Sport for Good, Sport as Good: Collective Impact Headlines First Laureus USA Town Hall
LeagueApps is a mission-driven organization. It’s clear when you take a look at the evidence—values hanging from the ceiling of the office, FundPlay supporting non-profits who serve kids with limited access to sports, the shoutouts for “team” and “grit” and “student of the game” at our weekly “All-Hands,” and especially, in the people who work here (and who we want to work here). Each person has a genuine interest and commitment to making youth sports better since they know the physical, emotional, and social benefits of sport.
As one colleague says, “We’re in the memory-creation business.”
Jared Cooper and I, Jennie Trayes, first met on the Laureus Sport for Good (SfG) NYC Leadership Council. That’s how I was introduced to the mission of LeagueApps and the community it was building. Jared runs FundPlay and joined the Council because he believes that stakeholders across all sectors of youth sports—including professional teams and leagues, for-profit organizations, and yes, technology companies—can be a part of the solution to issues of accessibility and youth sports participation. I initially joined the Council as part of my former role as Deputy Executive Director at Row New York, underscoring my passion for making sports more accessible to underserved communities. It is a privilege to remain on the board and now represent the LeagueApps mission, along with Jared.
Maybe not so ironically, Laureus and LeagueApps both share missions driven by values once echoed by Nelson Mandela. Laureus has this quote on their website and we have it on our HQ wall for all to see: “Sport has the power to change the world. It has the power to inspire. It has the power to unite people in a way that little else does.”
The Laureus SfG network has the common goal of building a community to drive progress and innovation in the field of sport for social change. SfG Leadership Councils help drive Collective Impact by engaging a diverse group of stakeholders to form that community—from grassroots non-profit organizations to corporations like LeagueApps to elected officials, government agencies, and brands.
Collective Impact is challenging, and it was reassuring to hear that from the expert panelists at our first Laureus SfG Quarterly Town Hall recently held in New York City.
Jared and I were excited to see LeagueApps partners, Downtown United Soccer Club and Kings County Tennis League, in the audience. Please read below for bios on the panelists and key takeaways from myself, Jared, and the rest of the SfG NYC Leadership Council.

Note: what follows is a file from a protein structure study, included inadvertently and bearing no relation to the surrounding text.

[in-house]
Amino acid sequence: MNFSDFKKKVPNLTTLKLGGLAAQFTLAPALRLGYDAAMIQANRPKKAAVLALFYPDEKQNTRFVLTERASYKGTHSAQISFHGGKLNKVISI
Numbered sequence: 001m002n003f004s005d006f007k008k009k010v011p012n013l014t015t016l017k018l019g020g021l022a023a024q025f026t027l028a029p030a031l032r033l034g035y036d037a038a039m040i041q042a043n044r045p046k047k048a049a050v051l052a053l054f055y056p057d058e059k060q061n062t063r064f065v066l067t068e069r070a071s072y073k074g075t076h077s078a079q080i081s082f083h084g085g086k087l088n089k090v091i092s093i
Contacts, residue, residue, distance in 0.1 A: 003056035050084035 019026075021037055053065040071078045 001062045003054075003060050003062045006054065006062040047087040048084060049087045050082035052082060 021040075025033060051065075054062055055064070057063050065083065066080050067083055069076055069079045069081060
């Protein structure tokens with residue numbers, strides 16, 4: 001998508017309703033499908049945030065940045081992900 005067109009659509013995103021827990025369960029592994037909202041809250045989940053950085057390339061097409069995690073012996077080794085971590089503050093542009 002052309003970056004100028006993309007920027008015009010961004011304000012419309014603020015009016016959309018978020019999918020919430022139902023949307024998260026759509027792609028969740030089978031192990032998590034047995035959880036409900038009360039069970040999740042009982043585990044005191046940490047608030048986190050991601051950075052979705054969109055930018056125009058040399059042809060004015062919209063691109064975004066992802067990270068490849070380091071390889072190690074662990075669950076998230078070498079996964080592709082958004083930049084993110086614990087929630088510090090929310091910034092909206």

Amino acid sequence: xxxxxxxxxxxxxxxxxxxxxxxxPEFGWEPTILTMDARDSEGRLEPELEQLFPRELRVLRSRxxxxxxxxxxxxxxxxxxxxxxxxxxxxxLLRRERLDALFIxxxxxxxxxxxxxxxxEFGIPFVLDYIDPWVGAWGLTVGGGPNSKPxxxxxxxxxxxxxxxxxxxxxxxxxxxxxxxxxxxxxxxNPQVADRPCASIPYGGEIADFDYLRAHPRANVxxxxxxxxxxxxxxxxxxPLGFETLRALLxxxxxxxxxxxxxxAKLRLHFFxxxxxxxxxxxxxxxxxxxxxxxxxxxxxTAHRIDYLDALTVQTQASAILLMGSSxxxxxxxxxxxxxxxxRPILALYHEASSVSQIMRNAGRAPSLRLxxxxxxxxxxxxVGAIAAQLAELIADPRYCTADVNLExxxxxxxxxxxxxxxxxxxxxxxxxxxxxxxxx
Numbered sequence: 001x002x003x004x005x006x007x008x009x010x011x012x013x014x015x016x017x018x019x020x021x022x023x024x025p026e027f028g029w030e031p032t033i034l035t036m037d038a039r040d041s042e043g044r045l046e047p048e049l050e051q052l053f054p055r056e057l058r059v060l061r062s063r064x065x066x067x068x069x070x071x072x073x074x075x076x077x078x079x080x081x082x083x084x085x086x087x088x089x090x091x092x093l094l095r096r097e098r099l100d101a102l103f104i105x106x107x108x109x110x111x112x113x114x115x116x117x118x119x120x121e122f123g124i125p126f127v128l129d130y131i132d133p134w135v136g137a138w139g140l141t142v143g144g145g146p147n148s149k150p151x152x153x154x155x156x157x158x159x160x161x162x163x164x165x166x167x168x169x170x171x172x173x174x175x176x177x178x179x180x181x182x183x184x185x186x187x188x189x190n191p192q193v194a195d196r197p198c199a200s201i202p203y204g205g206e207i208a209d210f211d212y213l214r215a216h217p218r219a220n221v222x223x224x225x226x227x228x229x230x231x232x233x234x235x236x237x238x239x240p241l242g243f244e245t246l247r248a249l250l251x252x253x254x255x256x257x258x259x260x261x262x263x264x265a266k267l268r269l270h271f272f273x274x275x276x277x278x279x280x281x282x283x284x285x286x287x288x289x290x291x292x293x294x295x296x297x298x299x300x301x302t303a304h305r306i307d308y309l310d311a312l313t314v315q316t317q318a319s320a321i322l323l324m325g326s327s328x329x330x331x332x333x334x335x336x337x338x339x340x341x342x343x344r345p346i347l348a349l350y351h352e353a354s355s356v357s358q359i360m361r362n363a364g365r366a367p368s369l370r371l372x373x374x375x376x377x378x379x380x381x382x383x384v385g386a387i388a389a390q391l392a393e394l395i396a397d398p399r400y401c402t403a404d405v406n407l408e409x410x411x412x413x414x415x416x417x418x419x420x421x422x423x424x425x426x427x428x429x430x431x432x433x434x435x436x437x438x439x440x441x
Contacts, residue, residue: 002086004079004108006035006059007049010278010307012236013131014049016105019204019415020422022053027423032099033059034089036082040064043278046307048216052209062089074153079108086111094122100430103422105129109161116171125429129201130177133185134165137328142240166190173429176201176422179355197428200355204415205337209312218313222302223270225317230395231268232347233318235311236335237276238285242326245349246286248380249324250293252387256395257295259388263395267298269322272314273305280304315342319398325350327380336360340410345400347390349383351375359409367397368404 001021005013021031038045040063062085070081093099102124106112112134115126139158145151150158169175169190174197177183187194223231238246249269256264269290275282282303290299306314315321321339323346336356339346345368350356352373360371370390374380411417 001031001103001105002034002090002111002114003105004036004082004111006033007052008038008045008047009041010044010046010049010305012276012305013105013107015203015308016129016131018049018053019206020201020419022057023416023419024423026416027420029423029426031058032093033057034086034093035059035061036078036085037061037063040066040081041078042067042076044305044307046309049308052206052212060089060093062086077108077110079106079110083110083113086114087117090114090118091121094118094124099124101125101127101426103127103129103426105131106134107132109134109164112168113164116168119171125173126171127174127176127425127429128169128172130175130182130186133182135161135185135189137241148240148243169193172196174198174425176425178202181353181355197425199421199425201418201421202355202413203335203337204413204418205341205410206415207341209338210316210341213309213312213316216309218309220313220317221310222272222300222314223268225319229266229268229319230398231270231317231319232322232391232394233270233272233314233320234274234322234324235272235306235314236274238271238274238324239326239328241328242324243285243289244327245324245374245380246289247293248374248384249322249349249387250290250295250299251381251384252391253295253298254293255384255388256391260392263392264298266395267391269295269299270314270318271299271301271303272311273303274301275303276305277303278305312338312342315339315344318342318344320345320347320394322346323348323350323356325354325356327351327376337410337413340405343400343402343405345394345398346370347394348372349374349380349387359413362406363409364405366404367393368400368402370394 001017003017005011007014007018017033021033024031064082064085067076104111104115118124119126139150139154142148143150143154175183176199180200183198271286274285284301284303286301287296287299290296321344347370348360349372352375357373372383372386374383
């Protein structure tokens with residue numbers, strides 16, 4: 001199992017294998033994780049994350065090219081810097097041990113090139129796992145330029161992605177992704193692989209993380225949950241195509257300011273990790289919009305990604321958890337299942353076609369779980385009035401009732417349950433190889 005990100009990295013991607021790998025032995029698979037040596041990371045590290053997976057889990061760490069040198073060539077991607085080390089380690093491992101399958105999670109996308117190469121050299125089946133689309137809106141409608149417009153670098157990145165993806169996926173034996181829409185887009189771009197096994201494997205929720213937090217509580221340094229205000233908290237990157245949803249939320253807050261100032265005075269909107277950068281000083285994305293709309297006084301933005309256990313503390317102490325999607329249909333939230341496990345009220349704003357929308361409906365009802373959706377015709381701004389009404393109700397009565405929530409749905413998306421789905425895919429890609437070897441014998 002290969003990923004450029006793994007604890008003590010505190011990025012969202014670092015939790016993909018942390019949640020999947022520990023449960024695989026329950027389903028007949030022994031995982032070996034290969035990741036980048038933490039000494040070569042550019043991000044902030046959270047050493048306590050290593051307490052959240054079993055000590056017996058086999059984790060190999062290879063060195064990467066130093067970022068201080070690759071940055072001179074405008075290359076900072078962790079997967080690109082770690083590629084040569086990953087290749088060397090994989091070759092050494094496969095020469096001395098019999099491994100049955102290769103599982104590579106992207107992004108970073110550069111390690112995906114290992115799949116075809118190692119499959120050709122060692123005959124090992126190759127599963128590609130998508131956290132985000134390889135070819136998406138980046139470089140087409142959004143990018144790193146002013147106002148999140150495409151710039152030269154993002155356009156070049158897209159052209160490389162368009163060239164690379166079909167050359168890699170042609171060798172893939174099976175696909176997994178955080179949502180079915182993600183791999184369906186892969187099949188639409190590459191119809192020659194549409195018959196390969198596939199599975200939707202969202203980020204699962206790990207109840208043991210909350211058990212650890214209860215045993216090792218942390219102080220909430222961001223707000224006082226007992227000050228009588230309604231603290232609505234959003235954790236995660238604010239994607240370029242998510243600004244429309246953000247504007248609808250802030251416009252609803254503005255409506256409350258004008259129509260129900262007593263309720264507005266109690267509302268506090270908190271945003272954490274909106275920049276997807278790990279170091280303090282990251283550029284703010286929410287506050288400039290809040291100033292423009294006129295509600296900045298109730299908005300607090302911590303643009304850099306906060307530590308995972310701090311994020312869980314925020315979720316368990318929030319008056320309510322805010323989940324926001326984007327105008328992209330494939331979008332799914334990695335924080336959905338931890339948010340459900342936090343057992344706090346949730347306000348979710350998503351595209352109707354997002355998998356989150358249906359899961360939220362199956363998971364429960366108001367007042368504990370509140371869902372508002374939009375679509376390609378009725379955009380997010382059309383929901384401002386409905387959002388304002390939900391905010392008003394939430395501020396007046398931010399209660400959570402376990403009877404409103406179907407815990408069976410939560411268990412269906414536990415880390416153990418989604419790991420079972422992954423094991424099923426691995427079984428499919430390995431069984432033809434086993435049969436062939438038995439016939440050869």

Our panelists came from all over the world to join us:
- Abe Ferenandez, Vice President of Collective Impact and Director of the National Center for Community Schools at Children’s Aid Society.
- Pharlone Toussaint, Program Officer of Sport for Good Atlanta, a long-term, collaborative approach to strengthening the city’s west side communities through the power of sport.
- Ollie Dudfield, who leads the Commonwealth Secretariat’s work in supporting member countries to maximize and protect the contribution sport can make to sustainable economic, social and environmental development.
Here is what stood out most to the leadership council:
- Community is Key – #1. We can’t solve every challenge our athletes face. We have to seek Collective Impact by coming together to go beyond collaboration.
- “Collective Impact moves at the speed of trust” – There was a strong emphasis on bringing stakeholders together for Collective Impact to share common goals, bring unique skills to the table, and work hard on achieving those goals – but nothing is possible without trust, relationship-building, and the chance to play, sweat and have fun together!
- Data – The importance of making data-driven decisions was a frequent refrain. It has to be intuitive to use the data, making it “a flashlight instead of a hammer.”
- Iterate – Missed your goals the first time? Don’t throw the towel in. Collective Impact is iterative—you may make mistakes to learn from—and it may take time and process to reach those goals.
- Equity in Governance – Paramount. Governance with an equity lens is a precondition of Collective Impact work, specifically to establish who should be at the table. Marginalized groups should be represented and will serve an important part of the decision-making process.
- Listen – To underscore the point above: listen to the community in setting goals. “Start from the end”—the community you’re serving knows what they need most and can be a guidepost when setting goals that will truly benefit them.
The first Town Hall of the year set the foundation for the SfG Leadership Council – we have a year of listening, activating, and impacting ahead of us. I appreciate you reading more about LeagueApps and some of the work Jared and I are doing in the “SBYD” community in NYC.
And as you know, LeagueApps believes in being present—at events, tournaments, and when convening sports organizers, advocates, and experts. So please stay tuned for our 2020 event calendar! We’re definitely coming to a city near you.